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A Box of Photographs

Translated by Alice Kaplan
Most attempts to generalize about photography as a medium run up against our experience of the photographs themselves. We live with photos and cameras every day, and philosophies of the photographic image do little to shake our intimate sense of how we produce photographs and what they mean to us. In this book that is equal parts memoir and intellectual and cultural history, French writer Roger Grenier contemplates the ways that photography can change the course of a life, reflecting along the way on the history of photography and its practitioners.
Unfolding in brief, charming vignettes, A Box of Photographs evokes Grenier’s childhood in Pau, his war years, and his working life at the Gallimard publishing house in Paris. Throughout these personal stories, Grenier subtly weaves the story of a lifetime of practicing and thinking about photography and its heroes—Henri Cartier-Bresson, Weegee, Alfred Eisenstaedt, George Brassaï, Inge Morath, and others. Adding their own insights about photography to the narrative are a striking range of writers, thinkers, and artists, from Lewis Carroll, Albert Camus, and Arthur Schopenhauer to Susan Sontag, Edgar Degas, and Eugène Delacroix. Even cameras themselves come to life and take on personalities: an Agfa accompanies Grenier on grueling military duty in Algeria, a Voigtlander almost gets him killed by German soldiers during the liberation of Paris, and an ill-fated Olympus drowns in a boating accident. Throughout, Grenier draws us into the private life of photographs, seeking the secrets they hold for him and for us.
A valedictory salute to a lost world of darkrooms, proofs, and the gummed paper corners of old photo albums, A Box of Photographs is a warm look at the most honest of life’s mirrors.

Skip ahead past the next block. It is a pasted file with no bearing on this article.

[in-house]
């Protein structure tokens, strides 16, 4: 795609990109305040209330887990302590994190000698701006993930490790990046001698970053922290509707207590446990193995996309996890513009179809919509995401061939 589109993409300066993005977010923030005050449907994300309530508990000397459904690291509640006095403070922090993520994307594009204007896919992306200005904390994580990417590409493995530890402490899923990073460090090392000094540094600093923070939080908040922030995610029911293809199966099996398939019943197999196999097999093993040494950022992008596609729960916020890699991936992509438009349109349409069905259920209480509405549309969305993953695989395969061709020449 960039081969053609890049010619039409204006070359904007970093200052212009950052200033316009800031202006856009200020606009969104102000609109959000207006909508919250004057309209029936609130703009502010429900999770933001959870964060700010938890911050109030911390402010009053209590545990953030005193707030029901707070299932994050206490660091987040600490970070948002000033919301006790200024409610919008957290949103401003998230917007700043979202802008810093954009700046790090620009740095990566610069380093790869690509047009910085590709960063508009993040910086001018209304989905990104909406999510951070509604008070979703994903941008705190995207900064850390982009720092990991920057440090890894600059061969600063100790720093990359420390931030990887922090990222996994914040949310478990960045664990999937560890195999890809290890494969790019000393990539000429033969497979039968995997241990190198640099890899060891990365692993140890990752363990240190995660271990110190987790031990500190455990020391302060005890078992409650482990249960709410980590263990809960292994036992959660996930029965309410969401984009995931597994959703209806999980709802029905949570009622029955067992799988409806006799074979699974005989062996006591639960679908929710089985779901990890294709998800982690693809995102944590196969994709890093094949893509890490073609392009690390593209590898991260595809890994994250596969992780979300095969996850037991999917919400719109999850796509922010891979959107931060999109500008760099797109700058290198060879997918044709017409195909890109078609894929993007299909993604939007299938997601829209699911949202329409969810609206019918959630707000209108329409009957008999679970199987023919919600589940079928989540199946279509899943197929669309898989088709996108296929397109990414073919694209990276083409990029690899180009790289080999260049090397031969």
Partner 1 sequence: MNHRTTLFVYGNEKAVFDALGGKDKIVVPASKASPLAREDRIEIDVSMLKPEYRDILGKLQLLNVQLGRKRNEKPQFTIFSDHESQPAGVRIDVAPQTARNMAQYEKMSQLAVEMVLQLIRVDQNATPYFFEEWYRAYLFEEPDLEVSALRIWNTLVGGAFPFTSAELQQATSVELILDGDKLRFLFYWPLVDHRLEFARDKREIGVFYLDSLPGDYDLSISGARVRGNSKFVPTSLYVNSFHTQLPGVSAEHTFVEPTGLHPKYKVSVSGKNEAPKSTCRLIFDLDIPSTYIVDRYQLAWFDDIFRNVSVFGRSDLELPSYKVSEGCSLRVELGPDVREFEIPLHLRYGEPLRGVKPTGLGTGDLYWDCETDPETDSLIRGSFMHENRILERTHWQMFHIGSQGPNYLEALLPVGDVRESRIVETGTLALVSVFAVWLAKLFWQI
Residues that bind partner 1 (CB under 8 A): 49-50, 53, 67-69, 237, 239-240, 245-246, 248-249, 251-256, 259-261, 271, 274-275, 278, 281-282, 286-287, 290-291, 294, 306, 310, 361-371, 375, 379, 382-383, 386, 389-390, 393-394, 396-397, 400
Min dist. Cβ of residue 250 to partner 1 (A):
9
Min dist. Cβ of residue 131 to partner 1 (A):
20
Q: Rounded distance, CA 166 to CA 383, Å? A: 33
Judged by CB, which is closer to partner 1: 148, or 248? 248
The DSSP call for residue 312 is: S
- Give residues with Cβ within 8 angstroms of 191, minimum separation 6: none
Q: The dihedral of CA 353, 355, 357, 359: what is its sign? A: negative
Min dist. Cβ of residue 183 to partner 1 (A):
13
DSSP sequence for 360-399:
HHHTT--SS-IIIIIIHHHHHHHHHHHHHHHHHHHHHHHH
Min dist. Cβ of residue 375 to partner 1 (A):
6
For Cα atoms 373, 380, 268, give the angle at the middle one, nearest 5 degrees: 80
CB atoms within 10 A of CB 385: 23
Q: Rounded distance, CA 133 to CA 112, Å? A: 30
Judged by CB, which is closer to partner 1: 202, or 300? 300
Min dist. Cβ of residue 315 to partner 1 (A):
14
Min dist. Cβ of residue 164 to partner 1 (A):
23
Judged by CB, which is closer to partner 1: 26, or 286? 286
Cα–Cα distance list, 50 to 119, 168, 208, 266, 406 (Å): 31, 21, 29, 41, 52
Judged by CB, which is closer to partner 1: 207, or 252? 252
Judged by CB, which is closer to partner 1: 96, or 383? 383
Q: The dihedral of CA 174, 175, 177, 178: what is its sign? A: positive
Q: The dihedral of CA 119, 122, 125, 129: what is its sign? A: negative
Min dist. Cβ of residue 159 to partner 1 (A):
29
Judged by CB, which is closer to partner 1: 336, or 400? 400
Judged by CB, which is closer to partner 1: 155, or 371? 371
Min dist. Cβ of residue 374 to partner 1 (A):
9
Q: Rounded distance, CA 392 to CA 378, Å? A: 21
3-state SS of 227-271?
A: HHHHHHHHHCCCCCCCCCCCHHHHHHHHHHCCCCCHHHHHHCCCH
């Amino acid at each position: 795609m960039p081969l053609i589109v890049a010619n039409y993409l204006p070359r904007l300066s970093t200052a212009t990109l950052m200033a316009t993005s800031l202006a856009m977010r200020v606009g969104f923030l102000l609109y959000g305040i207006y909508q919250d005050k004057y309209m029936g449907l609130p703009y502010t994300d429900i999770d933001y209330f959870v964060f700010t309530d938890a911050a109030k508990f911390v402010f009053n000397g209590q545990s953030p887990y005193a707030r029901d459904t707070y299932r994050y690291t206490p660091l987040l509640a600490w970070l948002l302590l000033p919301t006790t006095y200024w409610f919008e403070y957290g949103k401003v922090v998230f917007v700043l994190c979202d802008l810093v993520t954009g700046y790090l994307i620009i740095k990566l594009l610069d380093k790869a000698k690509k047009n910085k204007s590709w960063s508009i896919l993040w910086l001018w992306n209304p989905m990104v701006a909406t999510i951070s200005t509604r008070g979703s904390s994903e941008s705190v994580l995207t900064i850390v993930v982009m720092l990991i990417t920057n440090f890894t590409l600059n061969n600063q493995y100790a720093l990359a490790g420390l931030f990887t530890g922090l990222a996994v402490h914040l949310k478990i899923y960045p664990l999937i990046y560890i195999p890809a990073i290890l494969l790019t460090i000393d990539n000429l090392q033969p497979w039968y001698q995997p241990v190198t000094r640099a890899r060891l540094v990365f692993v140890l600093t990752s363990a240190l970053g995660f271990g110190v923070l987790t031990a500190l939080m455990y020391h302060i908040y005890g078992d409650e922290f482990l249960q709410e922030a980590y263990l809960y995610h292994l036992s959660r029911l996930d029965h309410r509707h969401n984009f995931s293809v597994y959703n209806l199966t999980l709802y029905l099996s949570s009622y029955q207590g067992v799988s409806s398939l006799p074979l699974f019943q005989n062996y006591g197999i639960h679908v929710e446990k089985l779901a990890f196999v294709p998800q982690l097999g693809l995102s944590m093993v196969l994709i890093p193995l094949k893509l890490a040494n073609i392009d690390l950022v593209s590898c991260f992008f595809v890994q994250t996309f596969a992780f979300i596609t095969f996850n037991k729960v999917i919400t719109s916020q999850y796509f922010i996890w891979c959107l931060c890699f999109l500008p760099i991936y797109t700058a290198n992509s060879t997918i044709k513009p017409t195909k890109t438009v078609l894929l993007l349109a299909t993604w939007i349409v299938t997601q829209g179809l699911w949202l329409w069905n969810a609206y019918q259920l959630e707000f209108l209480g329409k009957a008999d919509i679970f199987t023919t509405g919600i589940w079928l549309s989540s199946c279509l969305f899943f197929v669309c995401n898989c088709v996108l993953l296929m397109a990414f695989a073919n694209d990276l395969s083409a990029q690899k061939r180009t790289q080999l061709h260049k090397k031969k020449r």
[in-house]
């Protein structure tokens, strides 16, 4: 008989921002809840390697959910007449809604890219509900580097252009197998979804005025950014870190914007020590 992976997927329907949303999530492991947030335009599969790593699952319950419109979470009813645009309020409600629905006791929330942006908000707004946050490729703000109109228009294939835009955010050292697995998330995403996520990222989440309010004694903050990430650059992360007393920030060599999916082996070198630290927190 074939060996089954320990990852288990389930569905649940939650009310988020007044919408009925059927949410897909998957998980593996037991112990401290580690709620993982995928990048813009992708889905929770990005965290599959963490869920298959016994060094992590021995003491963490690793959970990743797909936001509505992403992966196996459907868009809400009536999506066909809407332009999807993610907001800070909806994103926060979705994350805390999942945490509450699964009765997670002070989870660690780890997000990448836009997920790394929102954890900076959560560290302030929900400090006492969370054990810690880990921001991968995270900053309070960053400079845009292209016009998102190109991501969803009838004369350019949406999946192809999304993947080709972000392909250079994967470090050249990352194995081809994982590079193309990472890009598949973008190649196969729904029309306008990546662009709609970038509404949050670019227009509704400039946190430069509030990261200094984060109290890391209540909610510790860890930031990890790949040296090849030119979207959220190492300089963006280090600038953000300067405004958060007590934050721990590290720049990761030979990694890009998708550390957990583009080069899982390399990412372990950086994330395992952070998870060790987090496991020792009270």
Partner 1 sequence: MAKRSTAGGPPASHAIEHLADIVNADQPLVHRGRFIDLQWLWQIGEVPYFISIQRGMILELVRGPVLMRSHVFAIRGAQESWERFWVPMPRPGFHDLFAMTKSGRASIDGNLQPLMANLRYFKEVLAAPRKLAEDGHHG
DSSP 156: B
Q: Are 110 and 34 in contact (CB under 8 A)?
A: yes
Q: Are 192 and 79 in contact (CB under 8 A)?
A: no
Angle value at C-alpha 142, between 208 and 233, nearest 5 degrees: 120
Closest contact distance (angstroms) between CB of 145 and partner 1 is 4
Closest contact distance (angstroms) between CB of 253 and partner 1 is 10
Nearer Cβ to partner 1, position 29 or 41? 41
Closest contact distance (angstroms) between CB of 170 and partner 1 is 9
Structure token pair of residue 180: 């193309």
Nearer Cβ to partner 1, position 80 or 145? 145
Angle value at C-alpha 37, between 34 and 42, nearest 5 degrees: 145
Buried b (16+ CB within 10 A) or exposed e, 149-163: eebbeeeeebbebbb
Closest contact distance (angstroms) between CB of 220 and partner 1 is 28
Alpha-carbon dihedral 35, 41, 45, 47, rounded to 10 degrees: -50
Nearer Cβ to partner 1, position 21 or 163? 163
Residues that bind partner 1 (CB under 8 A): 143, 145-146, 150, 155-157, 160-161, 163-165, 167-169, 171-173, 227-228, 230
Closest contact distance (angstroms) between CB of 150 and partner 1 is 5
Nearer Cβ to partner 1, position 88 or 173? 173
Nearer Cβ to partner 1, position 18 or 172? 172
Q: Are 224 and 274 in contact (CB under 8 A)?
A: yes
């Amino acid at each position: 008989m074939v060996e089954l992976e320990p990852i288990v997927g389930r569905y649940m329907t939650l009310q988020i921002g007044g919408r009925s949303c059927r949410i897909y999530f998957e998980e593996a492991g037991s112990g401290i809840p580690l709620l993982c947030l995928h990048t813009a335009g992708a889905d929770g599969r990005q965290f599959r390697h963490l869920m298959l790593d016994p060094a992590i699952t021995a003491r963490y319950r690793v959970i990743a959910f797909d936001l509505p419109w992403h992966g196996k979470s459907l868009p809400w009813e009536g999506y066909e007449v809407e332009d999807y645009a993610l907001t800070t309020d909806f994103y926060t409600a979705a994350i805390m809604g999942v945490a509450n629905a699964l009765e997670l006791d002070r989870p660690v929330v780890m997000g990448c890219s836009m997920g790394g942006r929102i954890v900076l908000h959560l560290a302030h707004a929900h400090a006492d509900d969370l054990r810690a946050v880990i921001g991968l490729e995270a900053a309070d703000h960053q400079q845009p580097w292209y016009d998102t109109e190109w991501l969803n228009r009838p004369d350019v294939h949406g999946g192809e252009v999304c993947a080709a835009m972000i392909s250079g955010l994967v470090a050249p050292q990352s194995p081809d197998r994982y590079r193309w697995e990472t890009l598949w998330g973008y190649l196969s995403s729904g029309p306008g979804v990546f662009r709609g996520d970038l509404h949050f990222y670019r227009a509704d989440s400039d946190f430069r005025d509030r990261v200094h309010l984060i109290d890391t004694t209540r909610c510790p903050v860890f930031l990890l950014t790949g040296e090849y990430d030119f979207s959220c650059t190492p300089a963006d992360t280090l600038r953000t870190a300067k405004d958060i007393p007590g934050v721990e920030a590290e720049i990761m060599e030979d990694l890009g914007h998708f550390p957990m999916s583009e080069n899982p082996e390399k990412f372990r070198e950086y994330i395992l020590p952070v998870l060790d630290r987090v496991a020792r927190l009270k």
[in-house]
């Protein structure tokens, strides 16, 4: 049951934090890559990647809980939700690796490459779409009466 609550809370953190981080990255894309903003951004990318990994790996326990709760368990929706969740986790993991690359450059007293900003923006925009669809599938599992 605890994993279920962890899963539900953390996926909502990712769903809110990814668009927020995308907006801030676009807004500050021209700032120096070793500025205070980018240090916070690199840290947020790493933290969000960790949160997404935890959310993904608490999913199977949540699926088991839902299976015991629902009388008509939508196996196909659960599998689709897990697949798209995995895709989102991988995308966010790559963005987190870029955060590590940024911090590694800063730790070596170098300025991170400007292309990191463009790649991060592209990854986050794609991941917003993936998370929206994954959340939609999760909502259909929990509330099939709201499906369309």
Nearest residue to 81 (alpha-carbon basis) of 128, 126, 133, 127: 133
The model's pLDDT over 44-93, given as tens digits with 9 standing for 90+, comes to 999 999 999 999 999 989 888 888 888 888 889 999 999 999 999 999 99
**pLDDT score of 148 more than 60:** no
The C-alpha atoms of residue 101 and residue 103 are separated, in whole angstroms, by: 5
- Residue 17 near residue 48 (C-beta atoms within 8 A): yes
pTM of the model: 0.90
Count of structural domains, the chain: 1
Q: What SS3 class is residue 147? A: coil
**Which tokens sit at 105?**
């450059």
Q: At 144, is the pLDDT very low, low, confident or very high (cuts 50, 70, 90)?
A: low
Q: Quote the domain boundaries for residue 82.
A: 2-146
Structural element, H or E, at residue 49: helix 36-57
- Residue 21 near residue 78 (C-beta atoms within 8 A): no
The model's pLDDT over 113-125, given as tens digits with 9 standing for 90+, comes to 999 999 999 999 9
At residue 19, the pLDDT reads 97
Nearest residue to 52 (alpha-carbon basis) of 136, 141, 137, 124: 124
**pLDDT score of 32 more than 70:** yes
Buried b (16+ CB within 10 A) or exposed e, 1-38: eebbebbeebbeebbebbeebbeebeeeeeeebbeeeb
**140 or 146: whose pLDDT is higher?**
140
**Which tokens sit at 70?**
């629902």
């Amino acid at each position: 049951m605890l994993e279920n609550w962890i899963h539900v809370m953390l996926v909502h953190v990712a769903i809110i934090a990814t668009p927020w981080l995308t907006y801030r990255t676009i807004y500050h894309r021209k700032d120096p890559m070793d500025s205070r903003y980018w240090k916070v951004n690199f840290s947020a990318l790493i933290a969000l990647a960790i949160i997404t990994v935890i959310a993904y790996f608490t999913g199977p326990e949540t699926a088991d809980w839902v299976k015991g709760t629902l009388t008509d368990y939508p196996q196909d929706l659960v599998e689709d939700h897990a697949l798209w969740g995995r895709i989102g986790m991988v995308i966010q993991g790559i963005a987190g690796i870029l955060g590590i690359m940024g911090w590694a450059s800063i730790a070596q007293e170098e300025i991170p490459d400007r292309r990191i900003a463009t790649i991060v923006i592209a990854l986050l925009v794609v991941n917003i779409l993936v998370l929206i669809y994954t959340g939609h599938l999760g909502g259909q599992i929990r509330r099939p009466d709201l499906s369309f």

120 pages | 16 halftones | 5 1/2 x 8 1/2 | © 2013

Art: Photography

Biography and Letters

Literature and Literary Criticism: Romance Languages


“Through charming anecdotes, Grenier blends his own history with that of photography, and explains how the medium has influenced his entire life. He begins with early photographic history and its practitioners and smoothly weaves these histories into his own memories. However, since Grenier developed film in his family’s pharmacy-cum-photo lab, his connection to photography goes well beyond mere appreciation. . . . Recommended for those who practice or appreciate photography and its history.”

Library Journal

"Delightful. . . . This short book--just over a hundred pages and illustrated with snapshots--contains multitudes."

William Boyd | Times Literary Supplement, Books of the Year

Table of Contents

“Talking about photography . . .”
Posing for Portraits
Baby Box
A Summer in the Lab
Negative of a Nude
All That’s Left Is the Smile
Because of a Leica
A New Agfa
On the Téléphérique
A Photo of the Train Station at Tarbes
The Poor Man’s Rollei
A Victim of Heidegger
The Curse of the Voigtländer
Another Woman and a Leica
One of the Fine Arts
The Jar
Charles Dullin’s Bedroom
The Saxophonist
One, Two, Three!
The Canon and the Photographer
The Beach at Ostia
An Angel of the Streets
News Photos
Gisèle’s Grudge
Police Interference
To Each His Photographer
An Official Image
A Source
In Exile
The Swan Song of the Olympus
Of Dogs and Goats
The Dialectic of the Portrait
Translator’s Note
Translator’s Acknowledgments

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